Mutations not as Random as Thought

It is a core tenet of fundamentalist evolutionism that mutations are entirely random, and those who doubt the concept risk losing their jobs in the secular science industry. This and other key beliefs are strictly enforced.

Except there have been a few secular renegades who dared to say that mutations are not so random after all. It reached a point that scientists even had a conference discussing the fundamentally-flawed assumption of pure randomness in mutations. Now Darwinists are having to deal with the evidence in preference to the narrative.

Part of fundamentalist evolutionary dogma was time, chance, random mutations. But the truth is out, mutations in DNA are not so random after all.
DNA mutation, Pixabay / swiftsciencewriting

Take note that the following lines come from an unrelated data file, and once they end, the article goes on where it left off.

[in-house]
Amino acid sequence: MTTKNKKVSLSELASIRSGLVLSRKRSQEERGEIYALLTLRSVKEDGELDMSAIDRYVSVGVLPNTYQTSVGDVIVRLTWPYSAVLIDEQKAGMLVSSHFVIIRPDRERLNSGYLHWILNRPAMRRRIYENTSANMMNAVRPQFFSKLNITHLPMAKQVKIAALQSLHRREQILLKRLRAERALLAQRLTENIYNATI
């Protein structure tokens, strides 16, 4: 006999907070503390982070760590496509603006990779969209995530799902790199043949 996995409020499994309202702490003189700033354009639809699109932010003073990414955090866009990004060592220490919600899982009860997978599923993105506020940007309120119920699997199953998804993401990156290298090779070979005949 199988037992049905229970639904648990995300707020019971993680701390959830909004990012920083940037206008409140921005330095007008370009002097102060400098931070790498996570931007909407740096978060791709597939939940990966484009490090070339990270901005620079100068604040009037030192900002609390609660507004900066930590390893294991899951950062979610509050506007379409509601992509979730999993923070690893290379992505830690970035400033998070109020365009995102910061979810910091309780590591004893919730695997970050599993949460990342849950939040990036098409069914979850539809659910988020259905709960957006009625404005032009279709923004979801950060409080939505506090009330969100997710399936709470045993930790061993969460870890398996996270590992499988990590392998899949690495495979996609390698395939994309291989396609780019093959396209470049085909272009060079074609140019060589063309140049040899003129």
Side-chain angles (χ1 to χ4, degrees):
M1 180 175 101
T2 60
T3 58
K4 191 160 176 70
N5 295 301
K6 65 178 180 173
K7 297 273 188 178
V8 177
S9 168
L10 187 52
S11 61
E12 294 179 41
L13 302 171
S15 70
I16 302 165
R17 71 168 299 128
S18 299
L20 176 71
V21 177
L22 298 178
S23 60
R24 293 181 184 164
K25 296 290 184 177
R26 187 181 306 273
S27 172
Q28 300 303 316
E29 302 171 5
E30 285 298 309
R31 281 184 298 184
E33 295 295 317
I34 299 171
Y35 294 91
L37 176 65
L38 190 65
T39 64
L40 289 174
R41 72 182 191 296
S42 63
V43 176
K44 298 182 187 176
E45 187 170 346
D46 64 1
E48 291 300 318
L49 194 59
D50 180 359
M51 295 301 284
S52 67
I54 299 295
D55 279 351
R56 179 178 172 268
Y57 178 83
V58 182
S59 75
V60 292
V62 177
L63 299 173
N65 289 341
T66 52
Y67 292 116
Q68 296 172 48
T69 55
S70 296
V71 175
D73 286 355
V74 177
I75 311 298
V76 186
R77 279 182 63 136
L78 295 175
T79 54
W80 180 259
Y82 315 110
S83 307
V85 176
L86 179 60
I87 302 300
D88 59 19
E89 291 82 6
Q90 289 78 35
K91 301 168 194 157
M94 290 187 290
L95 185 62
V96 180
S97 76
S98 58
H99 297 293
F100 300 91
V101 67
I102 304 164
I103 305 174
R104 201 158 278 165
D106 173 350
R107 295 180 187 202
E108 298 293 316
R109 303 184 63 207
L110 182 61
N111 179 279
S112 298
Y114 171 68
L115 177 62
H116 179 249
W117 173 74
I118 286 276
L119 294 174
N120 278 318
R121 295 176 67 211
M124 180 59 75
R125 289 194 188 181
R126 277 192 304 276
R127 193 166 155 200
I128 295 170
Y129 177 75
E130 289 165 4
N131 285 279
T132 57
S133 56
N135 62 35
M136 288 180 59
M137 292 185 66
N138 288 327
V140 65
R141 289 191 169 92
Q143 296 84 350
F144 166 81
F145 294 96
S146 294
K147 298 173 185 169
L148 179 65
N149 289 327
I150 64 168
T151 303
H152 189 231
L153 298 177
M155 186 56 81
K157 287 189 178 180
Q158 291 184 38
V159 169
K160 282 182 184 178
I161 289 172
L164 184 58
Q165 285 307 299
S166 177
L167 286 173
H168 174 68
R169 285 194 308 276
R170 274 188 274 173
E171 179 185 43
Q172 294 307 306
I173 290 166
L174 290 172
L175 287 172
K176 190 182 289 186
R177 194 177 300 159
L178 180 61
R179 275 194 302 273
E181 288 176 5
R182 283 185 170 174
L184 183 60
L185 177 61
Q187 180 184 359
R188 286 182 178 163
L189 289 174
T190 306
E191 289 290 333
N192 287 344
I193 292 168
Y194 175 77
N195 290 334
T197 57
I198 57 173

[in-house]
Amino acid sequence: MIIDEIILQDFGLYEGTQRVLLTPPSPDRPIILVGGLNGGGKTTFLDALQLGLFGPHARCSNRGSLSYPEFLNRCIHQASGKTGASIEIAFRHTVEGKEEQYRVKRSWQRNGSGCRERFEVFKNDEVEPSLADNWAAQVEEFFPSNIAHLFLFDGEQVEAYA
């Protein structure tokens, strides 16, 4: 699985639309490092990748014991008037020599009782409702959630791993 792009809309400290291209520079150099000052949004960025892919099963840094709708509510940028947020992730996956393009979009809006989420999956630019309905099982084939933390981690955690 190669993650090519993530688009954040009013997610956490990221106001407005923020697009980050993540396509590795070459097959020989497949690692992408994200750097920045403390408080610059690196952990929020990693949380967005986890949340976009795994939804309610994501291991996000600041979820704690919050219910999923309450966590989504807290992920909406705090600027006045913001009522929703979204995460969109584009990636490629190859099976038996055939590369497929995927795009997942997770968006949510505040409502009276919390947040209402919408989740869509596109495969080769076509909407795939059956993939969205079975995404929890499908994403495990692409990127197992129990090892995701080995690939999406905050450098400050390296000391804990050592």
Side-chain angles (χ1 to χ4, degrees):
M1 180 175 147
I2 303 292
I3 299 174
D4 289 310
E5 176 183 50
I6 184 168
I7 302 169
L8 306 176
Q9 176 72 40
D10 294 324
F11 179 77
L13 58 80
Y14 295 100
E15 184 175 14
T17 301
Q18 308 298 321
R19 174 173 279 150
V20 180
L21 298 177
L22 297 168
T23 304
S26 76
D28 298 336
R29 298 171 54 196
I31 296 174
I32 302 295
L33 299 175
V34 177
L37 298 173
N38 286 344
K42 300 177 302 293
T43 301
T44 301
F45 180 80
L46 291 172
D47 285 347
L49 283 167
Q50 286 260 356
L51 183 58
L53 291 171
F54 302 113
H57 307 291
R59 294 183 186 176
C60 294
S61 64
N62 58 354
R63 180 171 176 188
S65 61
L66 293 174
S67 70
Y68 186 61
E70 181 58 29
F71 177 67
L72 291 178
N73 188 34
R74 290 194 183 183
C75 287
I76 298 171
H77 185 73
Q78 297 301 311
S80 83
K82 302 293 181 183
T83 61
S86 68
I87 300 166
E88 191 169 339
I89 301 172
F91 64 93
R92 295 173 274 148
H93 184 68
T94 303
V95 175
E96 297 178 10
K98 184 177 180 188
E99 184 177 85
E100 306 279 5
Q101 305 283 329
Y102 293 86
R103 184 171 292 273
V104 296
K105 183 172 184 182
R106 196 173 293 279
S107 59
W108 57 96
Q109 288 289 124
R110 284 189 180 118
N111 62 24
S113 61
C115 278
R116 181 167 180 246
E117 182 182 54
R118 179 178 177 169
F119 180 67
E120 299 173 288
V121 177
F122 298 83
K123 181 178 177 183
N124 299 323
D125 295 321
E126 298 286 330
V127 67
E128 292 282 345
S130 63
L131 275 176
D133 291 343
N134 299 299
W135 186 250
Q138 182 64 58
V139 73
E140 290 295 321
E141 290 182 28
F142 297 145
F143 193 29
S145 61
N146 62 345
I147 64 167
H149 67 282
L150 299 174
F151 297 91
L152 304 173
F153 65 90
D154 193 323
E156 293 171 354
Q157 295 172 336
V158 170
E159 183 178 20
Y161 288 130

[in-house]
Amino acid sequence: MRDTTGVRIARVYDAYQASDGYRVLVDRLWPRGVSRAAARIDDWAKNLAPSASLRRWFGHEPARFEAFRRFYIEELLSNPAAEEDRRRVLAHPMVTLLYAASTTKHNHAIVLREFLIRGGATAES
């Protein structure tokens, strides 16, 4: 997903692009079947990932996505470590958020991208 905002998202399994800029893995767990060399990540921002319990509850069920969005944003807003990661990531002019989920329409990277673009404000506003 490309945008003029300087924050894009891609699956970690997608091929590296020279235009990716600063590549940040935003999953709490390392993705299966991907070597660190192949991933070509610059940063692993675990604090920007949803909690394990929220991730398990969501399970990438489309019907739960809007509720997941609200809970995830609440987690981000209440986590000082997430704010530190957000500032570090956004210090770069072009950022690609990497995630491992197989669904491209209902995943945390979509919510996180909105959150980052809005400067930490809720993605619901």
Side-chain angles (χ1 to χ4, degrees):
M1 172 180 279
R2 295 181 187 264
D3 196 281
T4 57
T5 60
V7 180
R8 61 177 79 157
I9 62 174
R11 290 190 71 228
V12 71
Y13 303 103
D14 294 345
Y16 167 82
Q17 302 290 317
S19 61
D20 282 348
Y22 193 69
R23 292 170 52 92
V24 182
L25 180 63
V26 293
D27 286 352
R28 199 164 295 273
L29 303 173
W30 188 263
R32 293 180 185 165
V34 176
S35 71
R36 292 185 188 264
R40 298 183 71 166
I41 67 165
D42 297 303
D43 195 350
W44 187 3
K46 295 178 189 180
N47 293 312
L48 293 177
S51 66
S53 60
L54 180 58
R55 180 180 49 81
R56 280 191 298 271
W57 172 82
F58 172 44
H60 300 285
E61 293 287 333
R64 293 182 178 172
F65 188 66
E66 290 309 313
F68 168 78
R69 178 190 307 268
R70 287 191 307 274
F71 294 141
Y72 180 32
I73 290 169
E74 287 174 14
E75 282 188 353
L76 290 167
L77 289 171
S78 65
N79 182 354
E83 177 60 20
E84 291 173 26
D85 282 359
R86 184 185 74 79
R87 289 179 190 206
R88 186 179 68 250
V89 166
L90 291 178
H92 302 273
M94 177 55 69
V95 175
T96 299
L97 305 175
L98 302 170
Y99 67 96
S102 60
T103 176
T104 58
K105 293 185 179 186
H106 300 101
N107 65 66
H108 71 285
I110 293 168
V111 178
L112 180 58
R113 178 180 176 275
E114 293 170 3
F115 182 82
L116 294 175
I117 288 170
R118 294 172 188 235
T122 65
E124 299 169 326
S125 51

Unfortunately, evolutionists take a materialistic (atheism) viewpoint, so they reject the fact that the Master Engineer has programmed mutations into living things! He didn't just leave creatures on their own to take their chances. Epigenetics, programmed mutations, and more make it possible for organisms to survive and thrive.
Honesty is good for the soul…especially when the evidence against you is piling up. Some evolutionary biologists held an astoundingly candid conference in Lisbon, Portugal, called On the Nature of Variation: Random, Biased and Directional. The conference’s aim was to provide a context for “critically evaluating the rationale behind” evolutionary assumptions about “variation randomness in the light of new developments.” On center stage for reevaluation was “the underlying assumption supporting adaptationism…that variation is somehow random, namely, that it is neither biased nor directional.” It’s hard to imagine evolutionists seriously asking the questions “Why was variation characterised as random in the first place?” and “How useful is the doctrine of variational randomness? And how should it be characterised?”

The rest is found at "Dethroning the Dogma 'Mutations Occur at Random'." Related: "Mutations not so Random After All."